Thursday, October 22, 2020

Secrecy Helps Rape Culture Thrive

With much attention still being focused on victims as instigators than abusers, the reality of rape culture is still the elephant in the room in our communities. By taking a closer look into African societies and how they perceive rape, the culture of silence is often encouraged, especially in the case that the abuser is known figure or a close family associate or even a spouse. By this very notion, victims of abuse are suffering in silence.

The recent Sebina saga has not only become a national social campaign to right those that continue to be wronged, it has also become a reflective moment into the undisclosed abuse that happens in our own families ÔÇôa day of reckoning for the silences that have befallen many children.

In many ways, society continues to underline secrecy as a facet of culture we must protect, and this is mainly done at the expense of victims. We have heard whispers of situations in which sexual abuse is ‘purged’ or appeased by the slaughter of a cow or a family meeting, to which then the matter is seen as rectified. In such situations, it is mainly the pain and trauma of those victimized that remain neglected. “This is a family matter, and we will deal with it as a family. We don’t want the Counsellor to be shamed as this is embarrassing for him and his reputation,” said the mother of the 16 year old pregnant teen in an interview.  A study on the effects of child sexual abuse states: “The repercussions of childhood sexual abuse can be devastating for survivors. They are at risk for a myriad of both short and long-term symptoms of psychological distress.” 

Through the guise of culture, most continue to treat sexual perversion with leniency in fear of ousting family members, close family friends or those in positions of power.  In the event that the abuser is the breadwinner or in a position of financial influence, it is common for family members to forgive the matter.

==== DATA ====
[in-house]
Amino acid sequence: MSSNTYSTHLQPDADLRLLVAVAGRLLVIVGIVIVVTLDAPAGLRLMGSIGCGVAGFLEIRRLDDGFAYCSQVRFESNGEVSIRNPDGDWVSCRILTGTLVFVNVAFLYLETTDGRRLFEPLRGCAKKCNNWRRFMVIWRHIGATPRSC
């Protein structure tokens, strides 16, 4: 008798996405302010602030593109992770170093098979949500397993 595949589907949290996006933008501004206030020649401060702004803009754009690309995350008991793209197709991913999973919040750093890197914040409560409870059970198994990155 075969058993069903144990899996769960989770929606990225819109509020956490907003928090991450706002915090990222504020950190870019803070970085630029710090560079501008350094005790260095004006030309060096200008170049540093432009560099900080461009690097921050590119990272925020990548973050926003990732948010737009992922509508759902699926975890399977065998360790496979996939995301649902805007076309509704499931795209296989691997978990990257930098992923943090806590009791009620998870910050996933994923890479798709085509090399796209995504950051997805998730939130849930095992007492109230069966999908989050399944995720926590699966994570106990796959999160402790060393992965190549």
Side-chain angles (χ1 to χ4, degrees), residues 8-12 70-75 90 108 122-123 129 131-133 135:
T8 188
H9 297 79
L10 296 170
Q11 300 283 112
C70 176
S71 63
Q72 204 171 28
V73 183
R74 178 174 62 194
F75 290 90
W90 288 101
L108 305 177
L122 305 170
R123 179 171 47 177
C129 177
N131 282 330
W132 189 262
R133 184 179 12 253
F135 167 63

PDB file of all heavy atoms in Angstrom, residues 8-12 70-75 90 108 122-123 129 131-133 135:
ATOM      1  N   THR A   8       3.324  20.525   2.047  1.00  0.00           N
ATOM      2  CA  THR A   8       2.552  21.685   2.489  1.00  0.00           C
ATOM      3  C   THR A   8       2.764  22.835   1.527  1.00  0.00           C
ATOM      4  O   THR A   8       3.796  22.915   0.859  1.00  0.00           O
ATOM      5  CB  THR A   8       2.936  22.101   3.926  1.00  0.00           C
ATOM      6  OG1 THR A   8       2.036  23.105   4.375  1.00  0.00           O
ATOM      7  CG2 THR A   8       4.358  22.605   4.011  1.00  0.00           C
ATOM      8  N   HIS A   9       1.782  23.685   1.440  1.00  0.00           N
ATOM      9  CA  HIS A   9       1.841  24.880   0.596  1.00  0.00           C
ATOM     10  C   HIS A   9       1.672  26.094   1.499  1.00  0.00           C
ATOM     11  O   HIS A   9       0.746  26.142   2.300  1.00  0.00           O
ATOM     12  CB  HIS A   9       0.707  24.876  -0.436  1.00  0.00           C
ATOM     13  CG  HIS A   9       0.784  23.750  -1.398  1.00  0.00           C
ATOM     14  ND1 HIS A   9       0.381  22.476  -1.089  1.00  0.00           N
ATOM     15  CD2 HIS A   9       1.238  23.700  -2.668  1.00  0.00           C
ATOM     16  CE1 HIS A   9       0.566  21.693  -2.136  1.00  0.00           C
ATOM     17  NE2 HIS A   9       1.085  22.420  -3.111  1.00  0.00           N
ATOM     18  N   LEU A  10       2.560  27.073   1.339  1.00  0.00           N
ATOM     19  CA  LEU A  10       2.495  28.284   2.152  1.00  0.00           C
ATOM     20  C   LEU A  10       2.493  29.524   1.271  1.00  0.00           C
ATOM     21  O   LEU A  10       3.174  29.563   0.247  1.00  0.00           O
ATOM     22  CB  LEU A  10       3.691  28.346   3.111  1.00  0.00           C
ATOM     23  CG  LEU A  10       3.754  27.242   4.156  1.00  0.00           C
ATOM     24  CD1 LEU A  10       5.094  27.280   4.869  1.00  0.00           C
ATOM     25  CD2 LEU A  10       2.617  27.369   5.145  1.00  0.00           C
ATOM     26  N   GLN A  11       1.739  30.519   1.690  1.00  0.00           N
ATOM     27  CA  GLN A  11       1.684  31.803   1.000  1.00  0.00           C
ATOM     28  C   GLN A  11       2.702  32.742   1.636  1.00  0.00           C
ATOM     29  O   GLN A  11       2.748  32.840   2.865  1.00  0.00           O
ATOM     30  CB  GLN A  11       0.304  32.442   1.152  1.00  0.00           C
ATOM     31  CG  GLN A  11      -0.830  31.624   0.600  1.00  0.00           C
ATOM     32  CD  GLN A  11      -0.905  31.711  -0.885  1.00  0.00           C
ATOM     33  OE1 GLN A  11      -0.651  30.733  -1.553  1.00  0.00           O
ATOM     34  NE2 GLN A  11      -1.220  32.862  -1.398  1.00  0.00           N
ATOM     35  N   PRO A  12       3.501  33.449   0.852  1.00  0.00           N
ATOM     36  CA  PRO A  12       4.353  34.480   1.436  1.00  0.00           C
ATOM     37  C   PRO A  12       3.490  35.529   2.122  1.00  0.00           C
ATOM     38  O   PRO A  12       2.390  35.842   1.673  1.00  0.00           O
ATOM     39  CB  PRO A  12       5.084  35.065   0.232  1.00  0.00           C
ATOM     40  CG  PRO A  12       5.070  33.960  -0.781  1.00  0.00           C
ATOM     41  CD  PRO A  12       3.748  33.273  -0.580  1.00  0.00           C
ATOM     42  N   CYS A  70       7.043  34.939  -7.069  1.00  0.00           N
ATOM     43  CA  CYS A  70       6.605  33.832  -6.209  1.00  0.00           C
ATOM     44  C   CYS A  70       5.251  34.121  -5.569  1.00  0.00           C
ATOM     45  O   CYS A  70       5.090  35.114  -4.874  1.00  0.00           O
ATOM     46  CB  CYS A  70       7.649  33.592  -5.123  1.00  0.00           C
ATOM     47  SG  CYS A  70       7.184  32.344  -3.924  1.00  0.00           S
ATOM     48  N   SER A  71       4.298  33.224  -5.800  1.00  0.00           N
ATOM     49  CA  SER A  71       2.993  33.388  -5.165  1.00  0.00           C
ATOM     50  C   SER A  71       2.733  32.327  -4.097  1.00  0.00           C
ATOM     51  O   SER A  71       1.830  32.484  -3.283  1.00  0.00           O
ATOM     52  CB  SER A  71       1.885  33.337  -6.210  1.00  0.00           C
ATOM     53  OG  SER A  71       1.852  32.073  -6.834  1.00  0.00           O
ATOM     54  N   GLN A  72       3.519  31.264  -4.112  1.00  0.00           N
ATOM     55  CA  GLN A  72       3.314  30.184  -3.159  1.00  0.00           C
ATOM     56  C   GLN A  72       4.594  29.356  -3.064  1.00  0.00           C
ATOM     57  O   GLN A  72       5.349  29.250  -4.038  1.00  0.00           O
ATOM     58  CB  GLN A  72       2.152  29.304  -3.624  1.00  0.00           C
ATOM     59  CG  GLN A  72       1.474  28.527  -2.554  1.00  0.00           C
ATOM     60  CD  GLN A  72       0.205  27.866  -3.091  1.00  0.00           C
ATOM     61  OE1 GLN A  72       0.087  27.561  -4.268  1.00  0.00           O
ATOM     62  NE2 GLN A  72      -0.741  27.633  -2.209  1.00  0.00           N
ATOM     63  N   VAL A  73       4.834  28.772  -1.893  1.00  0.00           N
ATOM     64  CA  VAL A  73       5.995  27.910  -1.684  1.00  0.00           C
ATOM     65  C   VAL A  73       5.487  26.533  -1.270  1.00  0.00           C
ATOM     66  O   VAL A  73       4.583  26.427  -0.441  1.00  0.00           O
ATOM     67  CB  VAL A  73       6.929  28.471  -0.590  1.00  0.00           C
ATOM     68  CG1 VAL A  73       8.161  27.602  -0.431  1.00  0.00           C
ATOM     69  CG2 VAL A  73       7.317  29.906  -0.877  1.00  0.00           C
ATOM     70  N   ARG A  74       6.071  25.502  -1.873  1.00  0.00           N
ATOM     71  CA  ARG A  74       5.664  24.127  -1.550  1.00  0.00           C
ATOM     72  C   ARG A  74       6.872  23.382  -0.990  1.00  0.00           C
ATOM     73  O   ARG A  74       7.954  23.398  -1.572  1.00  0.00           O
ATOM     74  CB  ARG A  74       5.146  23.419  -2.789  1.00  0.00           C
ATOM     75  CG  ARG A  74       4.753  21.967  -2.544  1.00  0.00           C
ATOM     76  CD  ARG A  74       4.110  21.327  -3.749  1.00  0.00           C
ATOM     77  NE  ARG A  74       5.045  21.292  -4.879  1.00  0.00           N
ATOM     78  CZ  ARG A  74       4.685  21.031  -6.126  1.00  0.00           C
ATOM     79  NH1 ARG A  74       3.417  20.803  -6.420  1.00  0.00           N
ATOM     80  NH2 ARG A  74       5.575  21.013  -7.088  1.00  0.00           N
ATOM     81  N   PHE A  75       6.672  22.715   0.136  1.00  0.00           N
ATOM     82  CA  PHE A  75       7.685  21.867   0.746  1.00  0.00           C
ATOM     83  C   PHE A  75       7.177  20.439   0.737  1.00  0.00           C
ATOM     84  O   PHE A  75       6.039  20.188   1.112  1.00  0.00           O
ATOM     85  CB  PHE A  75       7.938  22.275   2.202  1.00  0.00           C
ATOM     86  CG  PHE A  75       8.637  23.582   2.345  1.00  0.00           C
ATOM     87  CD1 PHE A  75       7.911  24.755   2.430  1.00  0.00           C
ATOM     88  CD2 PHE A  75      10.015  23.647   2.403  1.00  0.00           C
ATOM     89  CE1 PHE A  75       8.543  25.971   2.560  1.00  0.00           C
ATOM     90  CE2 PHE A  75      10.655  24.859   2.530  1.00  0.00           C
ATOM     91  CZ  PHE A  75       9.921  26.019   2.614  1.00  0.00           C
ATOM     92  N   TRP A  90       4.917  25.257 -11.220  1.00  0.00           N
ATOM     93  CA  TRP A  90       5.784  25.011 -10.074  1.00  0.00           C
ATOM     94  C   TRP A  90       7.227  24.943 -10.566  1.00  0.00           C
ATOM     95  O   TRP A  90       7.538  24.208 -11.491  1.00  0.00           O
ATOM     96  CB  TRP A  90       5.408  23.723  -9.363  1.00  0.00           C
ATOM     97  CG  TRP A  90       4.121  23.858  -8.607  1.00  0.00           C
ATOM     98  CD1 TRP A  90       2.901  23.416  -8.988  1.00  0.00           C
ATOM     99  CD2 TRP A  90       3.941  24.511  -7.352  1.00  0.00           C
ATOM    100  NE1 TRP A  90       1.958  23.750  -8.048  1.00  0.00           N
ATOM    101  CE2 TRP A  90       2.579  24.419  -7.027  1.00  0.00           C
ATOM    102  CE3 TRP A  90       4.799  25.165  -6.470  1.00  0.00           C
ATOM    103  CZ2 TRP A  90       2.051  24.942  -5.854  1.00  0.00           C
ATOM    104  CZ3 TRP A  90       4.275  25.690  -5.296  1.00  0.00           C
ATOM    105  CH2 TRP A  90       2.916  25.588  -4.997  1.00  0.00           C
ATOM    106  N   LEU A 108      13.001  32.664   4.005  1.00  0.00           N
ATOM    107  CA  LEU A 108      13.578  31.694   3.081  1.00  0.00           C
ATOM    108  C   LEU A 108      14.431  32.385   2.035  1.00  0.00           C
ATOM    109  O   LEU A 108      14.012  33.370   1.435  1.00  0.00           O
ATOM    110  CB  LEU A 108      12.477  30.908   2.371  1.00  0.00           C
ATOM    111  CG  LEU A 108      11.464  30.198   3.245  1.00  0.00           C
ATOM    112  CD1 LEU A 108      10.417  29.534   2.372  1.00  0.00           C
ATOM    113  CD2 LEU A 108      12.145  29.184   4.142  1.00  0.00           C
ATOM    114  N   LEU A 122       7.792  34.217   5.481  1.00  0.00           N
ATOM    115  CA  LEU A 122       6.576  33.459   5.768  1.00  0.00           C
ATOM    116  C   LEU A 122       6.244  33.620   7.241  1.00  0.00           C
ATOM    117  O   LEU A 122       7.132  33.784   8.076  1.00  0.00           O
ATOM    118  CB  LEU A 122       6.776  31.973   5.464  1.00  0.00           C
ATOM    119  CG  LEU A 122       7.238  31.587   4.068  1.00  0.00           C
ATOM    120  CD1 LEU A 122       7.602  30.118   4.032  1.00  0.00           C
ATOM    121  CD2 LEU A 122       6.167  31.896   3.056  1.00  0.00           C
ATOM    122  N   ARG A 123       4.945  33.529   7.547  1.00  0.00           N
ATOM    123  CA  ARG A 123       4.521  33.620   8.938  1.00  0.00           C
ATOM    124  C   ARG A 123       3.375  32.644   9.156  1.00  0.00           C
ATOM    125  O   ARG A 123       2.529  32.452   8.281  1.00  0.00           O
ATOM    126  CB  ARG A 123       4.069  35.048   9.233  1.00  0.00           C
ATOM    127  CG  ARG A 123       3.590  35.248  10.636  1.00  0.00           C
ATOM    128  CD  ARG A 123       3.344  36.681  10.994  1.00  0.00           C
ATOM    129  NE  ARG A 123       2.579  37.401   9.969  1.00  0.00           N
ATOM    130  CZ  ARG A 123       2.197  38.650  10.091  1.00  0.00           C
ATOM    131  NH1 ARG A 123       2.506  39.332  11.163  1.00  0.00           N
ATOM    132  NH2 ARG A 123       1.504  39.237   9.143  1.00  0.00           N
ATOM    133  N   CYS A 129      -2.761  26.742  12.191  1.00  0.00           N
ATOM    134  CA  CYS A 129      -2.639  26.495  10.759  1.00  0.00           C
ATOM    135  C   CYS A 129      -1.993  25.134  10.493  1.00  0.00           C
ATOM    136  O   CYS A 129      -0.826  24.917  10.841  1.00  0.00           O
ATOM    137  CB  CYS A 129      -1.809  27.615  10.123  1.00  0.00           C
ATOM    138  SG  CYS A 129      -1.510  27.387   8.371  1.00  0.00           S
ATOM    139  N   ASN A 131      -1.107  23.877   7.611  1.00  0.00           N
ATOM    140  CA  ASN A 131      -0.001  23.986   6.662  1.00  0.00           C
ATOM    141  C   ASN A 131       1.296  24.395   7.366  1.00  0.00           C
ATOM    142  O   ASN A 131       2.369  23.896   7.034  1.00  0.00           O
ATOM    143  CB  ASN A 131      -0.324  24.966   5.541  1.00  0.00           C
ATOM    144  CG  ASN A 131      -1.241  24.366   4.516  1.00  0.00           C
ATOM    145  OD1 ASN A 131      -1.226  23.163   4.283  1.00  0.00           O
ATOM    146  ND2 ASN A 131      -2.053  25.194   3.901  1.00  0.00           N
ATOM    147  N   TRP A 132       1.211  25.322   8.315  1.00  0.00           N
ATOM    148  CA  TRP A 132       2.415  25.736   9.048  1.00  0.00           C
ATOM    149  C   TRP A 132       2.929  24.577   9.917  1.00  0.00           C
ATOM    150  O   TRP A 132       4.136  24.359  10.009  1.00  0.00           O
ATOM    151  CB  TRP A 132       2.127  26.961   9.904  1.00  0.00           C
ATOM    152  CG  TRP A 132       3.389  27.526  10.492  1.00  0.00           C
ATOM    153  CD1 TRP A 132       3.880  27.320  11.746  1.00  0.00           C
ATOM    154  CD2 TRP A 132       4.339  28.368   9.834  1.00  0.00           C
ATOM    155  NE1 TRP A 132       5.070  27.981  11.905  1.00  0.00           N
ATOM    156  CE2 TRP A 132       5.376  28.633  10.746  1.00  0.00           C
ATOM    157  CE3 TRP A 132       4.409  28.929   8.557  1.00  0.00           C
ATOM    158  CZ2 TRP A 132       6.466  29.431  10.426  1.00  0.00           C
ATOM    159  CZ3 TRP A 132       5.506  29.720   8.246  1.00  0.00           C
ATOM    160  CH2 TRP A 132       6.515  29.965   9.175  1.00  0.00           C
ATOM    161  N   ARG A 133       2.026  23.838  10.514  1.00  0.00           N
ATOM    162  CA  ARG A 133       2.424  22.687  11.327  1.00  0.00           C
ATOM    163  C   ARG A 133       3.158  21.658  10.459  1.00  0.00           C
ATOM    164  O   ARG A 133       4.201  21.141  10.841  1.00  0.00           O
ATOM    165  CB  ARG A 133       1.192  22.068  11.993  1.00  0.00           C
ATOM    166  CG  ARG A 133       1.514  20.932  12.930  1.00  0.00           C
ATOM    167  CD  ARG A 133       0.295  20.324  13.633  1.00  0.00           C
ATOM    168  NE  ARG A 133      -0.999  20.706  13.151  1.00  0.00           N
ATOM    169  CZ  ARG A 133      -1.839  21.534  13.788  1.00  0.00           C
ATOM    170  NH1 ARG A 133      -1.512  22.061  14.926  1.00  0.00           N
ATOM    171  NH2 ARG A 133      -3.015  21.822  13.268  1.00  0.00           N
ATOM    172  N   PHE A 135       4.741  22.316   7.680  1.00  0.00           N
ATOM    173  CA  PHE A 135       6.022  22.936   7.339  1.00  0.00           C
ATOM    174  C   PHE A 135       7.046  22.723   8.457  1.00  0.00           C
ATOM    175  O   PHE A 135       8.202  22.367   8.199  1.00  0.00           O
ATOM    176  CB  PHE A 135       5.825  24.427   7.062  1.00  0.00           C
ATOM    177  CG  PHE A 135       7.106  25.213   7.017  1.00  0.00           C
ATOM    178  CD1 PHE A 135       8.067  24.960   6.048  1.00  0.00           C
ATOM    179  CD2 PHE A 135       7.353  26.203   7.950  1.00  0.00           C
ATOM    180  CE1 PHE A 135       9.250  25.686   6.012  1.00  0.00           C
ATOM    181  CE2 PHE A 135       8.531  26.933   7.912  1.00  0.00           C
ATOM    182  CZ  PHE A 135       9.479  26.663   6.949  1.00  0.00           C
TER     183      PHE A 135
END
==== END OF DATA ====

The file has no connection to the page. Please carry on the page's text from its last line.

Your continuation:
Onkokame Ratanang Mosweu, who works as an advocate for the rights of women, children and other minority groups, says communities must create a culture of openness and transparency to safeguard those who are vulnerable: “This attribute of secrecy shows and tells a story of who and what Botswana is. In my line of work I see women protect men and rapists being defended everyday, I get clients asking me to never mention what they tell me to another person. It makes it difficult for the true healing of victims as they often protect those who have abused them.”

I Shall Never Forget ÔÇôa tagline that has mobilized many in vilifying acts of abuse that are not sufficiently addressed, grew into a platform on which many women are sharing their own traumas which they were told to ignore in favor of someone’s reputation. 

While we teach children to be careful of strangers, we do not give them the same warning in regard those they trust and are close to them. Understanding that secrecy does more harm than good for survivors is something that can curb the mentality that implies sexual abuse is a taboo topic.

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